Talk about your SHORT stories. This little piece by Kafka was first published in 1931, seven years after the author’s death. While classified by some as a short story, it is in fact what is known as a parable. In Spanish, a Sancho is a sidekick, while Panza refers to a man’s big belly.
“Sancho Panza, who incidentally has never boasted of it, succeeded in the course of years, by providing a host of knight and robber novels in the evening and night hours to his devil, to whom he later gave the name Don Quixote, in diverting his devil from himself, that this then unrestrainedly performed the maddest deeds, but deeds that, lacking a predetermined object, which should have been Sancho Panza, harmed nobody. Sancho Panza, a freer man, serenely followed, perhaps out of a certain feeling of responsibility, Don Quixote on his processions and had thereof a great and useful entertainment unto his end.”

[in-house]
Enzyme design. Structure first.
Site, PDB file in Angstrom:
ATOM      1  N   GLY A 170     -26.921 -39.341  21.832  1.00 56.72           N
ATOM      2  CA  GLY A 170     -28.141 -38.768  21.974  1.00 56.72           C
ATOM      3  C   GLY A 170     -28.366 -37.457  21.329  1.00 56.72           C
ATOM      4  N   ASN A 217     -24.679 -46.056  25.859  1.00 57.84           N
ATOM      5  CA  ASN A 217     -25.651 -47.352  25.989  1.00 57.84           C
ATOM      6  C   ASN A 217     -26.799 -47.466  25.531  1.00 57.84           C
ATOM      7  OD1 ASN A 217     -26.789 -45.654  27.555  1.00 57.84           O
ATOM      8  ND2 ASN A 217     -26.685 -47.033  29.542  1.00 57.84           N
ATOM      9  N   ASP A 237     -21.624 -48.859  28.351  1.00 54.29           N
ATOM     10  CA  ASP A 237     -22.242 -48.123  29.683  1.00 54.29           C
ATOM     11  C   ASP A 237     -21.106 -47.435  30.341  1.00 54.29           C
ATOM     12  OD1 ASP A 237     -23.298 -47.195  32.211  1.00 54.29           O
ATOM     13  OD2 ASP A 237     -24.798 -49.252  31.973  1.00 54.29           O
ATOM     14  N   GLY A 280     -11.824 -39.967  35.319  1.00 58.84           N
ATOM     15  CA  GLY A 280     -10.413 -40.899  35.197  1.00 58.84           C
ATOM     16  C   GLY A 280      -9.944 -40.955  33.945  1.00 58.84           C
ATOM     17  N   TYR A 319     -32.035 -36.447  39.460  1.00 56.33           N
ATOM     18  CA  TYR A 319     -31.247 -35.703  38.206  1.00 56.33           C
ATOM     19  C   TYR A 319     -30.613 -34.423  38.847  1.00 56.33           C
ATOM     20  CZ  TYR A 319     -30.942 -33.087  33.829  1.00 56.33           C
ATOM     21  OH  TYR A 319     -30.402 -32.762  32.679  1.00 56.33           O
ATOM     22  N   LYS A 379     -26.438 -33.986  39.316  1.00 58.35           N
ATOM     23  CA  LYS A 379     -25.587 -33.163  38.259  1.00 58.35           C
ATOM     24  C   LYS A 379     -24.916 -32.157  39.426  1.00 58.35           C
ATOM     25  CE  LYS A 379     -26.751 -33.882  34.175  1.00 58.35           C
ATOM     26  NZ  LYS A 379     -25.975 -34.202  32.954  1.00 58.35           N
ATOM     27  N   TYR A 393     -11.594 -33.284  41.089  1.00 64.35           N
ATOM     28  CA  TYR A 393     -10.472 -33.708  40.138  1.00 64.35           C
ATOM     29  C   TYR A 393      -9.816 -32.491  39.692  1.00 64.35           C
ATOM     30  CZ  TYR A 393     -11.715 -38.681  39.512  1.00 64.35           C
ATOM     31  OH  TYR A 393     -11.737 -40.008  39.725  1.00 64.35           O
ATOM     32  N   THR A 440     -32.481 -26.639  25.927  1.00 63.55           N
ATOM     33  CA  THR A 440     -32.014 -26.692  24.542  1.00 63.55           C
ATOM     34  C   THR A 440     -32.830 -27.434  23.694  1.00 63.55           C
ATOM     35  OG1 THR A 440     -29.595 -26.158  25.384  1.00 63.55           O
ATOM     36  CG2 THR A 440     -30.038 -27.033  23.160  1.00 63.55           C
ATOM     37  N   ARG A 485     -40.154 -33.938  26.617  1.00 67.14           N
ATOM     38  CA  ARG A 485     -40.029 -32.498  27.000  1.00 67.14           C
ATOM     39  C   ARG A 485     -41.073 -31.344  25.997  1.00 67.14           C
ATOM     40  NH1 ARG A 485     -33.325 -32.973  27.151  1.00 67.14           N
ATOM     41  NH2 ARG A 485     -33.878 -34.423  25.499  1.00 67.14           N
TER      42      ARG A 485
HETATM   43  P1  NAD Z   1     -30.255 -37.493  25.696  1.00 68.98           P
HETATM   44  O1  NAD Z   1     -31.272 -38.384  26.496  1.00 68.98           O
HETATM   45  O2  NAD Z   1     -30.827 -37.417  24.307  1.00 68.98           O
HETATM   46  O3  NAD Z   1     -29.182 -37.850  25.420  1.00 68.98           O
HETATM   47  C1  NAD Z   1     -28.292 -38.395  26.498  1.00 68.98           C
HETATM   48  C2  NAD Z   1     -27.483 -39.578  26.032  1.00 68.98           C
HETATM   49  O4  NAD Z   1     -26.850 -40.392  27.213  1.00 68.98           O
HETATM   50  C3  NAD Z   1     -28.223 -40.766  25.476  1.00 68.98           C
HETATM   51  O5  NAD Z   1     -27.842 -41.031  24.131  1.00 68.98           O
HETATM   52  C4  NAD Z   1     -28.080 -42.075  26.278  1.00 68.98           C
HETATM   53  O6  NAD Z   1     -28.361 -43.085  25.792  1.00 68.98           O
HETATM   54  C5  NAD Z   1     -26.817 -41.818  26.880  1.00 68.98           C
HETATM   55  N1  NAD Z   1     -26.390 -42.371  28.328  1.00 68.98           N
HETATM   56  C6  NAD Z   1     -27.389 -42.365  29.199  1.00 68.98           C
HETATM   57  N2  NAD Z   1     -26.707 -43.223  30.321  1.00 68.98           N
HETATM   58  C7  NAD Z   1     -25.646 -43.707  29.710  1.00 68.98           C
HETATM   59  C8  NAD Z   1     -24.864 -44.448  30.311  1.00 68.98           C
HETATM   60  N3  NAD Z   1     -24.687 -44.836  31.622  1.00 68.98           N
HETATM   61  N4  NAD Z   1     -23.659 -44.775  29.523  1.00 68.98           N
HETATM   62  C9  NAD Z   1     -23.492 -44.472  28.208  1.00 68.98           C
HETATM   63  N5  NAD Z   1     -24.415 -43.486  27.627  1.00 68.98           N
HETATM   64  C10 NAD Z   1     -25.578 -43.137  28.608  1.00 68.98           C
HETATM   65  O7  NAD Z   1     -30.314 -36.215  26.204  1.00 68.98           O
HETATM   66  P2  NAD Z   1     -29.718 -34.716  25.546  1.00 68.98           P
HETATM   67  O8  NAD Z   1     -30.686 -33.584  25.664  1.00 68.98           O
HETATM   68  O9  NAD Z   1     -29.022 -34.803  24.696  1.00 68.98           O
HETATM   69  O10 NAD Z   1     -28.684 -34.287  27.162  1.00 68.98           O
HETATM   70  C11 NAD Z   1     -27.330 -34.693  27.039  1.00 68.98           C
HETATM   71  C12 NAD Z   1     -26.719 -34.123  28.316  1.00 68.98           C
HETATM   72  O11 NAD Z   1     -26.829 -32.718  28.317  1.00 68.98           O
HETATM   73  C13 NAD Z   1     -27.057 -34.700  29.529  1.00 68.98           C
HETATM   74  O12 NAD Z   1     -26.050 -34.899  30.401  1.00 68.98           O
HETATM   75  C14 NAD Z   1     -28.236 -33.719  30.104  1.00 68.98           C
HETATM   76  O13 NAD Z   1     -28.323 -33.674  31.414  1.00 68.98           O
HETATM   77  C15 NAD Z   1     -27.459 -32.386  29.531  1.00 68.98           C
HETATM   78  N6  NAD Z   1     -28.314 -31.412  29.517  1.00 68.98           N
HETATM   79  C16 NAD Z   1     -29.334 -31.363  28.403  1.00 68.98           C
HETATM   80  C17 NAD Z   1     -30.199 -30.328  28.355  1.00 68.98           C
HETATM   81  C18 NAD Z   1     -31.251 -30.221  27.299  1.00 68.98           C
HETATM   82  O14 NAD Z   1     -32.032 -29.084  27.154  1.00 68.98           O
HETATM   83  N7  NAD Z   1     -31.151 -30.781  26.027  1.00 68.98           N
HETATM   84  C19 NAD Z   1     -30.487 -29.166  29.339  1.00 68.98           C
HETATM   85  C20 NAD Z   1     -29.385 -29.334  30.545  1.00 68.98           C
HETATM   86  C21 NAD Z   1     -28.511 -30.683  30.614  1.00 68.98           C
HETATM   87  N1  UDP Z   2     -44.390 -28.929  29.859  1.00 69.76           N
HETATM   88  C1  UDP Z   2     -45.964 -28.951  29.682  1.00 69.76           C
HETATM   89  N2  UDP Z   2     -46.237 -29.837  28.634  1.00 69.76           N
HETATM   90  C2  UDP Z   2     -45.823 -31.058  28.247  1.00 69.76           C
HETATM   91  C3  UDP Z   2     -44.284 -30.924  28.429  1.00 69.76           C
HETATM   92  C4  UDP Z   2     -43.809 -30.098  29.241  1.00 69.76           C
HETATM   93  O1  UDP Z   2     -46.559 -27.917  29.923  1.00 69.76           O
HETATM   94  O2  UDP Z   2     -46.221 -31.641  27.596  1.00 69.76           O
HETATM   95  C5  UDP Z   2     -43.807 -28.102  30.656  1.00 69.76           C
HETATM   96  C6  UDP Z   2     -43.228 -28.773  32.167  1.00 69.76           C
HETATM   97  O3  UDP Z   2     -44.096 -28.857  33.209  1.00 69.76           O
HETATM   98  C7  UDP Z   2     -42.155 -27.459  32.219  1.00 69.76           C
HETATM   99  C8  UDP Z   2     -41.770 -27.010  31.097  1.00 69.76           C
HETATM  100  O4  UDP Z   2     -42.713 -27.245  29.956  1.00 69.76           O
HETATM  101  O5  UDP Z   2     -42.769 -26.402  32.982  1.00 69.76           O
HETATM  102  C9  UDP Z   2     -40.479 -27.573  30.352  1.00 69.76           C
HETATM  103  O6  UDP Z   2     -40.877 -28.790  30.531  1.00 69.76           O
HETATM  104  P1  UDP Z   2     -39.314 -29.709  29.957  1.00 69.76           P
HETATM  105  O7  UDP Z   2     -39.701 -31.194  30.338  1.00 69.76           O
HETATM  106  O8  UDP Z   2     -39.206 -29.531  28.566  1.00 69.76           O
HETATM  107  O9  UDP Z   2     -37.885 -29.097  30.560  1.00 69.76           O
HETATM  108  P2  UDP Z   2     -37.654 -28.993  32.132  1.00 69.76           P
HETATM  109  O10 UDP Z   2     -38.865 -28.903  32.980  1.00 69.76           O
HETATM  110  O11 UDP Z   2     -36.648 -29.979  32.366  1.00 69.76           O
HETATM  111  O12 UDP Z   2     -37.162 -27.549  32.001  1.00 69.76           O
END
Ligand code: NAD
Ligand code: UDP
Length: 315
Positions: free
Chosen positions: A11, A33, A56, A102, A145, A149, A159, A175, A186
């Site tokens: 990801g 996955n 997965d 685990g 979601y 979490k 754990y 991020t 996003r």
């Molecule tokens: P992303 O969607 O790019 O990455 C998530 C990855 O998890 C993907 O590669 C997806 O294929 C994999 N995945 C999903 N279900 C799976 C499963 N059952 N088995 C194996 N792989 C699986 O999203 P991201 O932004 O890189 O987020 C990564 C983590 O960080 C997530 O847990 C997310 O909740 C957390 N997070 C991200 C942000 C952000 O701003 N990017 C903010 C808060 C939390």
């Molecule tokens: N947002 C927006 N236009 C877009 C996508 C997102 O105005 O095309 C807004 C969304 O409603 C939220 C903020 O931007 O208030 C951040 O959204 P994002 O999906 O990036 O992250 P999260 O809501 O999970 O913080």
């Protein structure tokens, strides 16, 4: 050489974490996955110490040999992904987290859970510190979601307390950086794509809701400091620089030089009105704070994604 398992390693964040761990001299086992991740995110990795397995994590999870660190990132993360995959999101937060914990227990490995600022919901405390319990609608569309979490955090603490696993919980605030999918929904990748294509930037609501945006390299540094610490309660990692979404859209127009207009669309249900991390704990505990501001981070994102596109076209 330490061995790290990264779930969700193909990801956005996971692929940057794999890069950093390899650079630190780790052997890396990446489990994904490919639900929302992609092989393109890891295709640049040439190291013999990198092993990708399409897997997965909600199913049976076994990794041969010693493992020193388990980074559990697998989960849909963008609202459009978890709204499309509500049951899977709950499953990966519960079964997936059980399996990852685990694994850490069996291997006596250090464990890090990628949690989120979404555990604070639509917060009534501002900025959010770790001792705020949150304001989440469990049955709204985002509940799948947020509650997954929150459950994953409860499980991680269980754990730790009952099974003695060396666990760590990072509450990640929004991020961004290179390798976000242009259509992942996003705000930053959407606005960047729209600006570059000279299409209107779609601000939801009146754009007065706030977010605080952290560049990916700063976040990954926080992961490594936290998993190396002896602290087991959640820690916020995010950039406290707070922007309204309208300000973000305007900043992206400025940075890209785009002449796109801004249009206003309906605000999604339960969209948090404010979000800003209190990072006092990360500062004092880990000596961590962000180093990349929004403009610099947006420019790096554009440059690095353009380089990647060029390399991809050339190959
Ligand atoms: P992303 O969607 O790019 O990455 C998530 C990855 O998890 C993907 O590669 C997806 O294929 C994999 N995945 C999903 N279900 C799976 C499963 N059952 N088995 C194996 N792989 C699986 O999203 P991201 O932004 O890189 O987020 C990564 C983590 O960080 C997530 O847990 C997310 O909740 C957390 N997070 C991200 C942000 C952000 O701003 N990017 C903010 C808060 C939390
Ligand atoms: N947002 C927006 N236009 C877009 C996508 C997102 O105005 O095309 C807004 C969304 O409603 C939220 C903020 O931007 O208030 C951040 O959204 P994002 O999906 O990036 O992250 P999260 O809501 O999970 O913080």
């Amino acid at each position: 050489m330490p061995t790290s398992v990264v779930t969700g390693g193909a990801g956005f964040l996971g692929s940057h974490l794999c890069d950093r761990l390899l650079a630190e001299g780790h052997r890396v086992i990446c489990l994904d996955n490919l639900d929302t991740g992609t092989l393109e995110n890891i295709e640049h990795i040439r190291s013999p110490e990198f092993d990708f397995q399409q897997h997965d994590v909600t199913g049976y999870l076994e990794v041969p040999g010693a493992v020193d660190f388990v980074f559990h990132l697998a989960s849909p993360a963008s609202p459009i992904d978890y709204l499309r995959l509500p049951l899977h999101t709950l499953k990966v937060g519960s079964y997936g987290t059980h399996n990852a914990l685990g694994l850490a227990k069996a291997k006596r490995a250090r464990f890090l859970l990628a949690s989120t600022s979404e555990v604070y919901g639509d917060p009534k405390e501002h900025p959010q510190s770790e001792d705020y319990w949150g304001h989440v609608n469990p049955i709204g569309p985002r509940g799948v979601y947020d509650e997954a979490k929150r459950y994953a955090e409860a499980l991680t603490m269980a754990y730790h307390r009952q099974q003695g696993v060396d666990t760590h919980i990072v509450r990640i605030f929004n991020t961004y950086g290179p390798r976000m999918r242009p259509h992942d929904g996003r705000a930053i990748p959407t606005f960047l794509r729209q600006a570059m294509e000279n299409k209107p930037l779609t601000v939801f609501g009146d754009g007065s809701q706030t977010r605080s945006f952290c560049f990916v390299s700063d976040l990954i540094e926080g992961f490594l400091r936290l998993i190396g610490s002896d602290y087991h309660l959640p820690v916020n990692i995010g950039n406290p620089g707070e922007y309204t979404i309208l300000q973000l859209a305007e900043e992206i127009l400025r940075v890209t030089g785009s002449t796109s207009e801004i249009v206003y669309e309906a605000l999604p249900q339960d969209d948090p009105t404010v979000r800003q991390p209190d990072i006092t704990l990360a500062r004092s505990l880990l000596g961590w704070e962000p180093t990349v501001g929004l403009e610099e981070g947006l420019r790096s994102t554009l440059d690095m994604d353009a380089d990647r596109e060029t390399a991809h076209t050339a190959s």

Published in Germany in 1931, the first English translation by Willa and Edwin Muir was published by Martin Secker in London in 1933. It appeared in The Great Wall of China, Stories and Reflections. Get a copy of The Great Wall of China, Stories and Reflections, by Franz Kafka, at Amazon.com.
Franz Kafka is renowned for his visionary and profoundly enigmatic stories that often present a grotesque vision of the world in which individuals burdened with guilt, isolation, and anxiety make a futile search for personal salvation. See more on Kafka at Kafka-online.info.